Arthritis refers to swelling or inflammation of one or more joints, causing pain and stiffness that can worsen with age. Specific symptoms vary depending on the type of arthritis, but usually include joint pain, swelling and stiffness. Let’s look at the common types of arthritis.

Osteoarthritis (OA), also known as degenerative joint disease, is the most common form of arthritis that frequently affects the hands, hips, and knees. We refer to it as “wear and tear” arthritis, since it occurs when the protective cartilage that cushions the ends of bones wears down over time. When cartilage deteriorates, bones can rub together, causing pain, stiffness, swelling and other symptoms. It can also cause reduced function and disability; some people are no longer able to do daily tasks or work.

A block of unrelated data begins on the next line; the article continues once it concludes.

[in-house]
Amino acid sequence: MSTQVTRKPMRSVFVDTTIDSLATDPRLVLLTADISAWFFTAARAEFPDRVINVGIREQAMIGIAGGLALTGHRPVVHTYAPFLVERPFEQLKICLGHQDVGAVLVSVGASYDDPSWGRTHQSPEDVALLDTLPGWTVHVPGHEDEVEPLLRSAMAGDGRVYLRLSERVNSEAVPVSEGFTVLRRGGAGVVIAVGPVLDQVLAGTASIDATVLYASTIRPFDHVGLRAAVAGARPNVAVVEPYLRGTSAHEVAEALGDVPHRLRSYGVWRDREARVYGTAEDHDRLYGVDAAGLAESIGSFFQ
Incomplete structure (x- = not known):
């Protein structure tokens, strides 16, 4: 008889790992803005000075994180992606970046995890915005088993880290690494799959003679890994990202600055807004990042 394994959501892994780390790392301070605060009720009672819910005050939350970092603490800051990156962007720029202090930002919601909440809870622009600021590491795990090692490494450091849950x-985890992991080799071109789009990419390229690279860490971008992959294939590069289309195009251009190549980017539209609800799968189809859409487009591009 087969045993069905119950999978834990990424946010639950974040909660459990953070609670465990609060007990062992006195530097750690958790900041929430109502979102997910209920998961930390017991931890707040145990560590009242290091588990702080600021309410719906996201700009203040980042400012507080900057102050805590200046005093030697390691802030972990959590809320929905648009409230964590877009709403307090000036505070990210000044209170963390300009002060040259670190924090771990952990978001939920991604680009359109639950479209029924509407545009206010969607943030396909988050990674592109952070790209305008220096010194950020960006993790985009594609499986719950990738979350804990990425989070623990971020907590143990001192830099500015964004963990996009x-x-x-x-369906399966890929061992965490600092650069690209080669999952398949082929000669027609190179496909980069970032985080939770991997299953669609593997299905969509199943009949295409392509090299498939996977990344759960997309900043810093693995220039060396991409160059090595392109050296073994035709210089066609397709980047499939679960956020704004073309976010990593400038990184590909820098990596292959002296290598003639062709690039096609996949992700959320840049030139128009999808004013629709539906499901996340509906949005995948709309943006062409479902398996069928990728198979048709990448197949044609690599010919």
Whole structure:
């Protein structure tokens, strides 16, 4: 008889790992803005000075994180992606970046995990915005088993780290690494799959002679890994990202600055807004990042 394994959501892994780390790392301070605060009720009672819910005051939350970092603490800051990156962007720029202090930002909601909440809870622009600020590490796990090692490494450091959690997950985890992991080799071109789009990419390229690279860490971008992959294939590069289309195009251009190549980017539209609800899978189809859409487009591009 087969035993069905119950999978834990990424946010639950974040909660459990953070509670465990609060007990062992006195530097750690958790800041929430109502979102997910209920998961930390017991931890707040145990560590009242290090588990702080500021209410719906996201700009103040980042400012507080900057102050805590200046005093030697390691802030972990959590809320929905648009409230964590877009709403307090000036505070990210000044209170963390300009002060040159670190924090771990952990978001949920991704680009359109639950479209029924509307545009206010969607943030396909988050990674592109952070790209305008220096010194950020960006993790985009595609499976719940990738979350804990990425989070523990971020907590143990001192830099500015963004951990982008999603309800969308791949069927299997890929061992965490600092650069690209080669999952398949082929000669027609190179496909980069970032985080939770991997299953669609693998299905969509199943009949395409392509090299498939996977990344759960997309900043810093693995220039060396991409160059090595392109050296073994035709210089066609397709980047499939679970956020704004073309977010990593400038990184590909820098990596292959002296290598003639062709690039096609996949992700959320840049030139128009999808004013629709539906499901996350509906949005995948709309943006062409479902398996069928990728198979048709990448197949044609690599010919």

Rheumatoid arthritis (RA) is an autoimmune disorder where the immune system mistakenly attacks healthy cells in your body especially the joints, hands, wrists and knees that leads to inflammation and damage.

is a common form of inflammatory arthritis caused by a condition when there is too much uric acid in the body as uric acid crystals can build up in joints, fluids, and tissues within the body. It usually affects one joint at a time, often the big toe joint, but if it occurs multiple times, that can lead to gouty arthritis, which gets progressively worse.

is a condition with chronic pain that affects muscles, ligaments, and tendons throughout the body. Fibromyalgia also causes sleep disturbances, fatigue, and mood disorders.

Treatment options depend on the type and severity of arthritis but may include medications, physical therapy, lifestyle changes, and in some cases, surgery. Management strategies aim to relieve symptoms, improve joint function, and slow the progression of the disease.

Leena Thomas, RPh